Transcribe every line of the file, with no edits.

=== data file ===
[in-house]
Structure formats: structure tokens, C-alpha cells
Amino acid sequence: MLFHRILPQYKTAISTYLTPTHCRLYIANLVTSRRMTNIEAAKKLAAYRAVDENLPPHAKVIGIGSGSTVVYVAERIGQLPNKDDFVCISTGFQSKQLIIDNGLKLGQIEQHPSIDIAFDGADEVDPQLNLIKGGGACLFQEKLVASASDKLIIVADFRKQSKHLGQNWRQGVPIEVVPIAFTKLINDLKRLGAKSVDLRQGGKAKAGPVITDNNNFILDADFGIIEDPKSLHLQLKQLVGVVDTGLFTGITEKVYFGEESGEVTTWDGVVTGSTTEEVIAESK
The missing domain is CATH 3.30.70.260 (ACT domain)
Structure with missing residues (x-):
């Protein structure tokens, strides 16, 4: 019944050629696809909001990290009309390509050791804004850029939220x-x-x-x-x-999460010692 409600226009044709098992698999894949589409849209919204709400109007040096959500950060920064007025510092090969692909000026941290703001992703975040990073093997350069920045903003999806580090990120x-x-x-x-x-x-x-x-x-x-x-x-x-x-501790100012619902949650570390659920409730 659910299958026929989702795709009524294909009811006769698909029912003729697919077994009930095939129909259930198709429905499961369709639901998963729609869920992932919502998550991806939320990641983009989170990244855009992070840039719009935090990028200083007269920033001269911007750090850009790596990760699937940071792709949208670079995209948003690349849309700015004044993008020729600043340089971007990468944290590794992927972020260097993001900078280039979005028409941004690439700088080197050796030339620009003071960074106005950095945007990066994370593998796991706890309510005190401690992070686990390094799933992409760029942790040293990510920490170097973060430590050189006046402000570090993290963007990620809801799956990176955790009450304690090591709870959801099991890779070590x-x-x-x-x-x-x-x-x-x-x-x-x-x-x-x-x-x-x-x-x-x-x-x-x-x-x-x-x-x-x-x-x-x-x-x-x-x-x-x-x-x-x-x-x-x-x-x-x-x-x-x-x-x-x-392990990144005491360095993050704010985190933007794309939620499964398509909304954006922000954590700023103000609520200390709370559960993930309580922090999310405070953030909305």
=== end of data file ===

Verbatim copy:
[in-house]
Structure formats: structure tokens, C-alpha cells
Amino acid sequence: MLFHRILPQYKTAISTYLTPTHCRLYIANLVTSRRMTNIEAAKKLAAYRAVDENLPPHAKVIGIGSGSTVVYVAERIGQLPNKDDFVCISTGFQSKQLIIDNGLKLGQIEQHPSIDIAFDGADEVDPQLNLIKGGGACLFQEKLVASASDKLIIVADFRKQSKHLGQNWRQGVPIEVVPIAFTKLINDLKRLGAKSVDLRQGGKAKAGPVITDNNNFILDADFGIIEDPKSLHLQLKQLVGVVDTGLFTGITEKVYFGEESGEVTTWDGVVTGSTTEEVIAESK
The missing domain is CATH 3.30.70.260 (ACT domain)
Structure with missing residues (x-):
């Protein structure tokens, strides 16, 4: 019944050629696809909001990290009309390509050791804004850029939220x-x-x-x-x-999460010692 409600226009044709098992698999894949589409849209919204709400109007040096959500950060920064007025510092090969692909000026941290703001992703975040990073093997350069920045903003999806580090990120x-x-x-x-x-x-x-x-x-x-x-x-x-x-501790100012619902949650570390659920409730 659910299958026929989702795709009524294909009811006769698909029912003729697919077994009930095939129909259930198709429905499961369709639901998963729609869920992932919502998550991806939320990641983009989170990244855009992070840039719009935090990028200083007269920033001269911007750090850009790596990760699937940071792709949208670079995209948003690349849309700015004044993008020729600043340089971007990468944290590794992927972020260097993001900078280039979005028409941004690439700088080197050796030339620009003071960074106005950095945007990066994370593998796991706890309510005190401690992070686990390094799933992409760029942790040293990510920490170097973060430590050189006046402000570090993290963007990620809801799956990176955790009450304690090591709870959801099991890779070590x-x-x-x-x-x-x-x-x-x-x-x-x-x-x-x-x-x-x-x-x-x-x-x-x-x-x-x-x-x-x-x-x-x-x-x-x-x-x-x-x-x-x-x-x-x-x-x-x-x-x-x-x-x-x-392990990144005491360095993050704010985190933007794309939620499964398509909304954006922000954590700023103000609520200390709370559960993930309580922090999310405070953030909305």